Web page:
Saturday, August 11, 2012
Daily Times Editorial Aug 12, 2012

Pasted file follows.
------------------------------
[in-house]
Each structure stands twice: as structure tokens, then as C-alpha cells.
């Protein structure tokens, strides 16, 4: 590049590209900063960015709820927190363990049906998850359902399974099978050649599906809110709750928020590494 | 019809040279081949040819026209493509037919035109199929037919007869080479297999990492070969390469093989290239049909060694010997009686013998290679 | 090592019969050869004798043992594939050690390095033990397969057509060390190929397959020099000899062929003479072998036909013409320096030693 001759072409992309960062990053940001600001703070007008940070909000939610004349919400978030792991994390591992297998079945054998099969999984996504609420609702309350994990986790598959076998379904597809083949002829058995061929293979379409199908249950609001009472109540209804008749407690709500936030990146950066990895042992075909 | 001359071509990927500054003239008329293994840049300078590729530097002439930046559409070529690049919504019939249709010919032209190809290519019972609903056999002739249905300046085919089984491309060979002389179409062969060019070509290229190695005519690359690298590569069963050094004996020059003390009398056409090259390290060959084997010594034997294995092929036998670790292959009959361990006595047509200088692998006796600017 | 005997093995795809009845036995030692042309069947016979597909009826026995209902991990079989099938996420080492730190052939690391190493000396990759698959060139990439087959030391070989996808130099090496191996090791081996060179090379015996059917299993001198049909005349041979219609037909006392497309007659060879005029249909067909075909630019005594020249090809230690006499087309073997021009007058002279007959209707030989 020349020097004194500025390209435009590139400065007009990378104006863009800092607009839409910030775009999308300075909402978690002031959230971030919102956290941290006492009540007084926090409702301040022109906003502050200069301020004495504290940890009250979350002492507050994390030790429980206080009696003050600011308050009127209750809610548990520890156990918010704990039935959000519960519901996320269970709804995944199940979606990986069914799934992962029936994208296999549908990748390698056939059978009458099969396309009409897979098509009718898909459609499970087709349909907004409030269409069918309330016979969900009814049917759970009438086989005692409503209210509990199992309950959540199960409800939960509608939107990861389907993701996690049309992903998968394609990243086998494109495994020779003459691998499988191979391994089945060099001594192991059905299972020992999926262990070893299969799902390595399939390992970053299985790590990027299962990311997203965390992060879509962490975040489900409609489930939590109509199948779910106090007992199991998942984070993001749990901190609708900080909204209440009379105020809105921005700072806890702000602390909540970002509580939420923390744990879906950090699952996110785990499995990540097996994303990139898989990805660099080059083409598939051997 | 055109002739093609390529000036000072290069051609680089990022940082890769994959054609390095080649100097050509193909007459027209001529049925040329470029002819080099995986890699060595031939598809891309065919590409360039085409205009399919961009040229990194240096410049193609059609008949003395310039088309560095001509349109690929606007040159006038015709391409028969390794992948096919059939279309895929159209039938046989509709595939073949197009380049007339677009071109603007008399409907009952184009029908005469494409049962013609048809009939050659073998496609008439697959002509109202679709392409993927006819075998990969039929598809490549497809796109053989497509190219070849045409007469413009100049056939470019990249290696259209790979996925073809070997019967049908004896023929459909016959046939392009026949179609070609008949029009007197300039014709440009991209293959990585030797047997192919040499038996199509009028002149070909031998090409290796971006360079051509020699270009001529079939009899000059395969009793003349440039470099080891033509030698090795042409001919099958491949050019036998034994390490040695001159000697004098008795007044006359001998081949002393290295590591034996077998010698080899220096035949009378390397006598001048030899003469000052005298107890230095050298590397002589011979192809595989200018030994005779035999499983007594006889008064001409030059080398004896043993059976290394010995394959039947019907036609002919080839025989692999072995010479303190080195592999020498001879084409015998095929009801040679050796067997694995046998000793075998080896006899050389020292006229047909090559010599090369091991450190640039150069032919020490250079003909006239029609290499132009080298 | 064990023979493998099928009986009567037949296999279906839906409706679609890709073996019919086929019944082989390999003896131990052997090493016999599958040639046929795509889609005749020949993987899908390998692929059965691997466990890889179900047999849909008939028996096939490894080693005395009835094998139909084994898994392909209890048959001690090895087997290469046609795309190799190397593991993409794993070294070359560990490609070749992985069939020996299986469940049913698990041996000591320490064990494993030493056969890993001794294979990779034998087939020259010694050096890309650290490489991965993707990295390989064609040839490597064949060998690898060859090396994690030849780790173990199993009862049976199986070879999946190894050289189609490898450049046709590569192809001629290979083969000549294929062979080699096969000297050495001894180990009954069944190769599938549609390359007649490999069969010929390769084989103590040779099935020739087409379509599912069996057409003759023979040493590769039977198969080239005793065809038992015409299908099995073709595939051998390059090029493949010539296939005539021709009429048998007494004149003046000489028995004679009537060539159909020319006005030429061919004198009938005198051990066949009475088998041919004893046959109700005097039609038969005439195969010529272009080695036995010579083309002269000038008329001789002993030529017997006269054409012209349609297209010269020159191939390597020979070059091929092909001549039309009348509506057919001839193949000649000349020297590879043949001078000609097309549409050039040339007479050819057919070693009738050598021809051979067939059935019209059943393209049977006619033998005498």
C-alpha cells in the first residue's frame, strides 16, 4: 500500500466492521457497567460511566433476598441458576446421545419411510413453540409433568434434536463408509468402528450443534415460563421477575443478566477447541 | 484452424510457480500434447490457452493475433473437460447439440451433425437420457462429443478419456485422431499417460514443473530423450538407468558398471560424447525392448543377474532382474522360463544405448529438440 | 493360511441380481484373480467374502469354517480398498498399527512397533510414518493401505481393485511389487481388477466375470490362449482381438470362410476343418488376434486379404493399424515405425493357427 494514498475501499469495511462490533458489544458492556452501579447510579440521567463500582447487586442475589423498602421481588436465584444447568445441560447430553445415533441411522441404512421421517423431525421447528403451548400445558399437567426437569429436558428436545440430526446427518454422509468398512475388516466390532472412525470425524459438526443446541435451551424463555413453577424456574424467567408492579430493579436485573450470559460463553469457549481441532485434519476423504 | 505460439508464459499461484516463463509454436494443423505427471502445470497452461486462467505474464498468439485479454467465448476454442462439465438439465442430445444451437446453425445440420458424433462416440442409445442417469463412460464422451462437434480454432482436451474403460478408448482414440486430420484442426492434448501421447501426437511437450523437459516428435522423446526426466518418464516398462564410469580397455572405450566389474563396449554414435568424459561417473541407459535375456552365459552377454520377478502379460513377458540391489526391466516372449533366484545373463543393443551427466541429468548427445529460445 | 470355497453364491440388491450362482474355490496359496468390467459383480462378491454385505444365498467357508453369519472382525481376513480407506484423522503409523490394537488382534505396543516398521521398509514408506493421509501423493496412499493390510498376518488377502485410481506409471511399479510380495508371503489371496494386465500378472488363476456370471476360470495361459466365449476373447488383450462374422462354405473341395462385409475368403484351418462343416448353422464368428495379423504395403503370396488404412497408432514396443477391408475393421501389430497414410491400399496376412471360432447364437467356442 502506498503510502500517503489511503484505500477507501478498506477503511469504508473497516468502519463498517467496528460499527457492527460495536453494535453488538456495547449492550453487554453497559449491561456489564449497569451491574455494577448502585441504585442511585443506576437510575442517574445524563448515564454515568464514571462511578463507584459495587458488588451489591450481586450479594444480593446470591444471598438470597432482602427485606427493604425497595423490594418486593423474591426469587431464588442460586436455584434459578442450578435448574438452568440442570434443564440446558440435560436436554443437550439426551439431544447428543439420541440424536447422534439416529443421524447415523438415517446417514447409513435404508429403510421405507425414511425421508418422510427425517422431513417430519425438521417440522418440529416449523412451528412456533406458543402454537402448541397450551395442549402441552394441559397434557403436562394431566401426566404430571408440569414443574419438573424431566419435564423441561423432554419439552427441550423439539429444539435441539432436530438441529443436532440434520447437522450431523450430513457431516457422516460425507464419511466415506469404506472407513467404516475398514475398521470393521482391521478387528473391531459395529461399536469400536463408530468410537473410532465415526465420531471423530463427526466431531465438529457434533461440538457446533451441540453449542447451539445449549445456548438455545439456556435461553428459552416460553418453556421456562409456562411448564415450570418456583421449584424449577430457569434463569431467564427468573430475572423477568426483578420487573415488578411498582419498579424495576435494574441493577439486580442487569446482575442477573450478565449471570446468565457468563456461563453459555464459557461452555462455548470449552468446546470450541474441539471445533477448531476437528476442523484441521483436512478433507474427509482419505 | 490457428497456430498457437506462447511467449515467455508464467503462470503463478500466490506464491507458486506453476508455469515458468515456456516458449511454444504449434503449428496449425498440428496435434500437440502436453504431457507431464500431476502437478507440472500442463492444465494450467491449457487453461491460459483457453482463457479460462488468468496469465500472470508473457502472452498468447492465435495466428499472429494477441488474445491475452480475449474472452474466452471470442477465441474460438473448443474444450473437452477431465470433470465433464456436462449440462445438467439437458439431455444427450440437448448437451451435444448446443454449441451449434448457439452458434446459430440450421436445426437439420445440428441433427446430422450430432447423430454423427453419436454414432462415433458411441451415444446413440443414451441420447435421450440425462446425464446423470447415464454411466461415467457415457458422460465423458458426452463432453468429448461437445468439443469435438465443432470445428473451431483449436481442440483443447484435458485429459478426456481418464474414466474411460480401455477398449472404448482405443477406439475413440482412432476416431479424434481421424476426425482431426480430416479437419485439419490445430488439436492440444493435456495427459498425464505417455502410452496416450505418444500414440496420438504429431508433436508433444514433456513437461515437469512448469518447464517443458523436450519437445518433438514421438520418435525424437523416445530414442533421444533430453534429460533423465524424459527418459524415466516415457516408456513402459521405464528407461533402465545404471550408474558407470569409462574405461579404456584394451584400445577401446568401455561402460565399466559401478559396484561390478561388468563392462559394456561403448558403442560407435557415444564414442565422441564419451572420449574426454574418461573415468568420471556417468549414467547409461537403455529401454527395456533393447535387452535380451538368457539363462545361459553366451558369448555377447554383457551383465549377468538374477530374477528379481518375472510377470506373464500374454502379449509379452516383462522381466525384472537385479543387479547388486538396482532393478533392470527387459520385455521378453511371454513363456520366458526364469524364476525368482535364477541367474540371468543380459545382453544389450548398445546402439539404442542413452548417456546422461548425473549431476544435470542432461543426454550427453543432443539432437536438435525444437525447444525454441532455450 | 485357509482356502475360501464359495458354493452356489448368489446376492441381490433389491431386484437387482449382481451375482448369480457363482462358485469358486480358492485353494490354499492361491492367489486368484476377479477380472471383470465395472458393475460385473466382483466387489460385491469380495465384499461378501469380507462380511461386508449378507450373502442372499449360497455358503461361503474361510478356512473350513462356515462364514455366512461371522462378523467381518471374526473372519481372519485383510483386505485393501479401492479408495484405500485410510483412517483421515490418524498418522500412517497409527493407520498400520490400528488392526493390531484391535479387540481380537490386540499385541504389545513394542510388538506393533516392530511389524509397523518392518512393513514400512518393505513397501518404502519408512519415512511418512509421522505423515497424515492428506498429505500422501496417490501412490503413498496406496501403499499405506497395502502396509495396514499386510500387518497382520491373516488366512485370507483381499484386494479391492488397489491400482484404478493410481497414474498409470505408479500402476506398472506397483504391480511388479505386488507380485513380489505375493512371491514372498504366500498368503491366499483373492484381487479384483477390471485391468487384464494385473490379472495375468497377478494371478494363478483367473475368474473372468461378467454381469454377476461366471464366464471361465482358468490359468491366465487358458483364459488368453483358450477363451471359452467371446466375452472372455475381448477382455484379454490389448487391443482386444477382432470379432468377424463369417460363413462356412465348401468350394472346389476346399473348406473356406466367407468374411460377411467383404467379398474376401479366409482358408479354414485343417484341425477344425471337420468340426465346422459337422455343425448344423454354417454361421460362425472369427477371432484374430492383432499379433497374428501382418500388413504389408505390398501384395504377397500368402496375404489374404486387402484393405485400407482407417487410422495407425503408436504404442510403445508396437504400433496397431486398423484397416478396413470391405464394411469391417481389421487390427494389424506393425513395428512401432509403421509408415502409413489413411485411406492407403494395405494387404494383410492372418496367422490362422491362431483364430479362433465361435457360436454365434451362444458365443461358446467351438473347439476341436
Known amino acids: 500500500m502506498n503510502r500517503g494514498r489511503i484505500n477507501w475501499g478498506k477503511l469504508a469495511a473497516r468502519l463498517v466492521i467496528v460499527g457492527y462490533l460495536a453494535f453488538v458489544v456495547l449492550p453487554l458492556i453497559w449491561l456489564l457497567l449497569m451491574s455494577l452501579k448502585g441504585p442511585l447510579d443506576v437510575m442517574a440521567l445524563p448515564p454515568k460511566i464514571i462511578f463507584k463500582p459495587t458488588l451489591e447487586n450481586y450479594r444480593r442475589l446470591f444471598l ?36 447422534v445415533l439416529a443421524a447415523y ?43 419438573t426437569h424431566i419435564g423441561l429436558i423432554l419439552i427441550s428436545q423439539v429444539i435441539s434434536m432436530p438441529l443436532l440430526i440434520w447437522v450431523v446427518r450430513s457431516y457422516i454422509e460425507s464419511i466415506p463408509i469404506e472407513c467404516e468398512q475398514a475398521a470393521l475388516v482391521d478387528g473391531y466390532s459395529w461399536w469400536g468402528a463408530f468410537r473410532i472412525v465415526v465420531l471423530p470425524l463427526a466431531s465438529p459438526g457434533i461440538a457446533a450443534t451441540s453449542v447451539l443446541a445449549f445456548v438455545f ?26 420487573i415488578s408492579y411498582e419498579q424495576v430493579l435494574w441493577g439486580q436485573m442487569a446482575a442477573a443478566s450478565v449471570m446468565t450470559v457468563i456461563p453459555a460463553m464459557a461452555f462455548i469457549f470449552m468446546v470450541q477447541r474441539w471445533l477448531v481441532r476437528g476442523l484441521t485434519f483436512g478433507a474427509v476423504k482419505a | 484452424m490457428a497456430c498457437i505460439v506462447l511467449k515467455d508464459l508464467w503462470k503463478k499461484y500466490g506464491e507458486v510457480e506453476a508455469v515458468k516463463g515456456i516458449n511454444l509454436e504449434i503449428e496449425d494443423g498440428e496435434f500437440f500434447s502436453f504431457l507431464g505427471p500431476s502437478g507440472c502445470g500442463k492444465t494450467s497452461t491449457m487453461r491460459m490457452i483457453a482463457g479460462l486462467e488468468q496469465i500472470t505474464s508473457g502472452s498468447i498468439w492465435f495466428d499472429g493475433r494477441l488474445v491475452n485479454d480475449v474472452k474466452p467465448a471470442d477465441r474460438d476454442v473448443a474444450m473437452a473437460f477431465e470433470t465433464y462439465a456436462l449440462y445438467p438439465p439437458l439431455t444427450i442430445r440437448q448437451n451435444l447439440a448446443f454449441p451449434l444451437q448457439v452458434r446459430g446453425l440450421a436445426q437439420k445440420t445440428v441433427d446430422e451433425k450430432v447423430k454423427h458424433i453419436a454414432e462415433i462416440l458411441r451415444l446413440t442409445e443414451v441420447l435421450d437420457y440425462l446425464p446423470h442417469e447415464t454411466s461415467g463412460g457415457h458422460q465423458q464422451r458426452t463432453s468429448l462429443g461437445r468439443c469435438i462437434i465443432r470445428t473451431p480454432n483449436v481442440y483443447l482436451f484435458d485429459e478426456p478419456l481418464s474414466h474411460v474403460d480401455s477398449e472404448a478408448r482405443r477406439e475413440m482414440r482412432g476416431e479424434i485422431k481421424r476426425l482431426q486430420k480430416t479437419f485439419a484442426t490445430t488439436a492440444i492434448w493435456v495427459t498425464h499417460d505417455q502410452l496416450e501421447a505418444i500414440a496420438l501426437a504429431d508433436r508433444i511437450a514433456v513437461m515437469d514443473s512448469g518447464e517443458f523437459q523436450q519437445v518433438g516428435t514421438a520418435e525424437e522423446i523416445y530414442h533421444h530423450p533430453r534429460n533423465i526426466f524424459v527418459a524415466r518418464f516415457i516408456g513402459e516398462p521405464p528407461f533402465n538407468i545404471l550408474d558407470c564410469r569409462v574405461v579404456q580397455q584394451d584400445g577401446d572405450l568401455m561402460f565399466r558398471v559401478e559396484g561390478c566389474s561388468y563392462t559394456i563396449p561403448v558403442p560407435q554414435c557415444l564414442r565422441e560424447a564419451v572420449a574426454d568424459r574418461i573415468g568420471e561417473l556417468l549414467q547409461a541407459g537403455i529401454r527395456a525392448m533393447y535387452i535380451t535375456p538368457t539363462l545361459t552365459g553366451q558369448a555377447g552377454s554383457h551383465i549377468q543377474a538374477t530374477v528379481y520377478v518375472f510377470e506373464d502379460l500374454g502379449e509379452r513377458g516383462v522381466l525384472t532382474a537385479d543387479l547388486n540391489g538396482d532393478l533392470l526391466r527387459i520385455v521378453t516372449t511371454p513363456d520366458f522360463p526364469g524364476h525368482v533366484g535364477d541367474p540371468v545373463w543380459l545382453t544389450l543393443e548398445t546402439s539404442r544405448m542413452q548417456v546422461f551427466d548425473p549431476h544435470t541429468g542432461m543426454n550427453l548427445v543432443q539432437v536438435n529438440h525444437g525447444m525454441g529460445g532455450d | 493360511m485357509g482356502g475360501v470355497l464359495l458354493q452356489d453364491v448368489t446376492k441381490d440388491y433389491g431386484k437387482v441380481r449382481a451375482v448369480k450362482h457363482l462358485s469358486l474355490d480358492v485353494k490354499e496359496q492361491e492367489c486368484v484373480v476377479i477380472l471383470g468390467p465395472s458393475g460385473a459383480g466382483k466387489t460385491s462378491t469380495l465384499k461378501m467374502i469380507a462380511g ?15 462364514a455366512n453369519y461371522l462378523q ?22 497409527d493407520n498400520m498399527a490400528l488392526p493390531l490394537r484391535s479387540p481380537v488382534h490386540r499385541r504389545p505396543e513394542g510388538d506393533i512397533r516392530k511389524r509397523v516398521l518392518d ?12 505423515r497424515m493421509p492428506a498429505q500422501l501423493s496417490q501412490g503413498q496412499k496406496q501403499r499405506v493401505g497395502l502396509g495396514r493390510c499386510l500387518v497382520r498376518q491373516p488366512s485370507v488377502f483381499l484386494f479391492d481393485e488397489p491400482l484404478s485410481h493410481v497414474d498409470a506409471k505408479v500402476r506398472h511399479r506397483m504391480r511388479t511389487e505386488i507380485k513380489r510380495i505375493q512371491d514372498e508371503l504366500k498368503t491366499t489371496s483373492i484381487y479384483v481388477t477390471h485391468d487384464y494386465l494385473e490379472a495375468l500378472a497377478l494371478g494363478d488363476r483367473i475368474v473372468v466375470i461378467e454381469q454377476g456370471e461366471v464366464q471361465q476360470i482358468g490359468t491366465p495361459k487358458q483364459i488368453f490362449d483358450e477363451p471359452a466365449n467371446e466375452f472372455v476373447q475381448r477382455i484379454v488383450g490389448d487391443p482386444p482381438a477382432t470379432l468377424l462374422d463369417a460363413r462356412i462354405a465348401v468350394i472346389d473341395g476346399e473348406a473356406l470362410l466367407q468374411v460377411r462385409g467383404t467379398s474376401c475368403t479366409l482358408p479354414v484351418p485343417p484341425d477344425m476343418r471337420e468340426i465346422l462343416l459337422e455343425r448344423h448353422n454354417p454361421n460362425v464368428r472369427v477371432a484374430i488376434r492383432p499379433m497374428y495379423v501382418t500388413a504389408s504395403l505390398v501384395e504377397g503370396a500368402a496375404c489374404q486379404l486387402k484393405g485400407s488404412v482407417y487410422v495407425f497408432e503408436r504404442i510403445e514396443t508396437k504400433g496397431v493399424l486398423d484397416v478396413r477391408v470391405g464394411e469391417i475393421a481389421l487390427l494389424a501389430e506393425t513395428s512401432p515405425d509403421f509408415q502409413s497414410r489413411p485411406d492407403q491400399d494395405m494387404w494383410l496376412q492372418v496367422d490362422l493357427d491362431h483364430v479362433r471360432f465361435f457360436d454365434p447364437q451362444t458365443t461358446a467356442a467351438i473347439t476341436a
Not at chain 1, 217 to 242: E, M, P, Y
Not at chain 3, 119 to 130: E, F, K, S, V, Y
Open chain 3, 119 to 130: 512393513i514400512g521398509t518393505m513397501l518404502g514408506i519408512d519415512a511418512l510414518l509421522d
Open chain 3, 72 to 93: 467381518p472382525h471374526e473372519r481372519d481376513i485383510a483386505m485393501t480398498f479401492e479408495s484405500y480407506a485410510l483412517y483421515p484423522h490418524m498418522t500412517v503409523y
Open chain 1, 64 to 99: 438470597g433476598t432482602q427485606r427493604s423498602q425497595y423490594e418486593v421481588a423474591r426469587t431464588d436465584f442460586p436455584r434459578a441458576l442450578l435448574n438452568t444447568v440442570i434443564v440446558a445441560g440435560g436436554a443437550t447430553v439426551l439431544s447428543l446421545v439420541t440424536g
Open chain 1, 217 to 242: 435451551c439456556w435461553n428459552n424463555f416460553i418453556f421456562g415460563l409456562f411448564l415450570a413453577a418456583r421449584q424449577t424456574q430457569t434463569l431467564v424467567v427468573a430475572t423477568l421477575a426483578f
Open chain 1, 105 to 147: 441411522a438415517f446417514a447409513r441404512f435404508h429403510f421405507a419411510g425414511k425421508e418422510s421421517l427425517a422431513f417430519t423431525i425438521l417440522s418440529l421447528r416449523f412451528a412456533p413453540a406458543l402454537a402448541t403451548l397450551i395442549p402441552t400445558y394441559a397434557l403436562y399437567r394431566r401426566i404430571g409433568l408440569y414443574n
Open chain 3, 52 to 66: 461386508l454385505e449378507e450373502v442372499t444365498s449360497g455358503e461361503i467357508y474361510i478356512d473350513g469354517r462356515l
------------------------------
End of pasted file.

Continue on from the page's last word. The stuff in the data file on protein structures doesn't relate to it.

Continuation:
Coordinated operations ISI chief Lieutenant General Zaheerul Islam’s visit to Washington seems to be bearing fruit. In a briefing to the Corps Commanders conference chaired by COAS General Ashfaq Pervez Kayani, General Islam reported on his discussions with the CIA chief and other top American officials. The issue that took up the most time in the conference was the problem of increasing cross-border attacks by Pakistani Taliban elements that have found safe havens in Afghanistan after they were routed from Swat and South Waziristan. In a general climate of improving Pakistan-US relations after a year or more of acrimony, reflected also in the foreign office spokesman’s regular briefing to the media, coordination in counter-terrorism efforts seems to be on the agenda. On the political/diplomatic front, preparations are afoot for Foreign Minister Hina Rabbani Khar’s visit to Washington, a trip expected to pave the way for a late September meeting between President Asif Ali Zardari and US President Barack Obama when the former is in New York on a three-day sojourn to attend the UN General Assembly. The reopening of NATO’s supply lines is credited with the improved atmospherics between Islamabad and Washington. The long-pressed demand by the US for military operations against the Haqqani network in North Waziristan has been resisted so far by the Pakistani military on two counts: one, Pakistani troops are too stretched for a major offensive; two, any operation in North Waziristan will be mounted by and at the will of the Pakistani military and not under any pressure from the US. The latter contention has once again been reiterated in ISPR’s press release on the Corps Commanders’ deliberations. Nevertheless, reports state that the military command is contemplating a nuanced operation in North Waziristan after Eid. Drawing on the experience (most of its bad) of previous operations in FATA, the military command envisages scaled-up and targeted operations in North Waziristan with additional troops from other formations and areas. In order to avoid the risk of a wider tribal uprising, the military is planning a two-phase low intensity targeted campaign with ground penetration engaging and securing militants launching direct attacks on the security forces and threatening the ground presence of troops. The success of the operation depends crucially on air operations coordinated with moves on the ground as well as intelligence and border coordination with ISAF forces across the divide. Being a notoriously porous line, the border needs sealing or at the very least forces of the two allies on either side to prevent militants under attack from fleeing across the border. General Islam pressed his US counterparts in Washington to take action against the Pakistani Taliban in the eastern provinces of Afghanistan. So far, so good. However, what has not found mention in any of the reports is the quid pro quo demanded of (or received) by the US. Since the Haqqani network has proved the bête noir of the US/ISAF, the silence on what will happen to them is both intriguing and perhaps ominous. If the Pakistani military is receiving cooperation from across the border against the militants attacking it, has it offered the counter-cooperation demanded against the Haqqanis? Only time will tell. GHQ seems to have take cognizance of the Haqqanis' treachery in giving the Pakistani Taliban safe havens in eastern Afghanistan in areas controlled by them. Whether this is a sufficient condition for ditching these erstwhile proxies is still, however, an open question.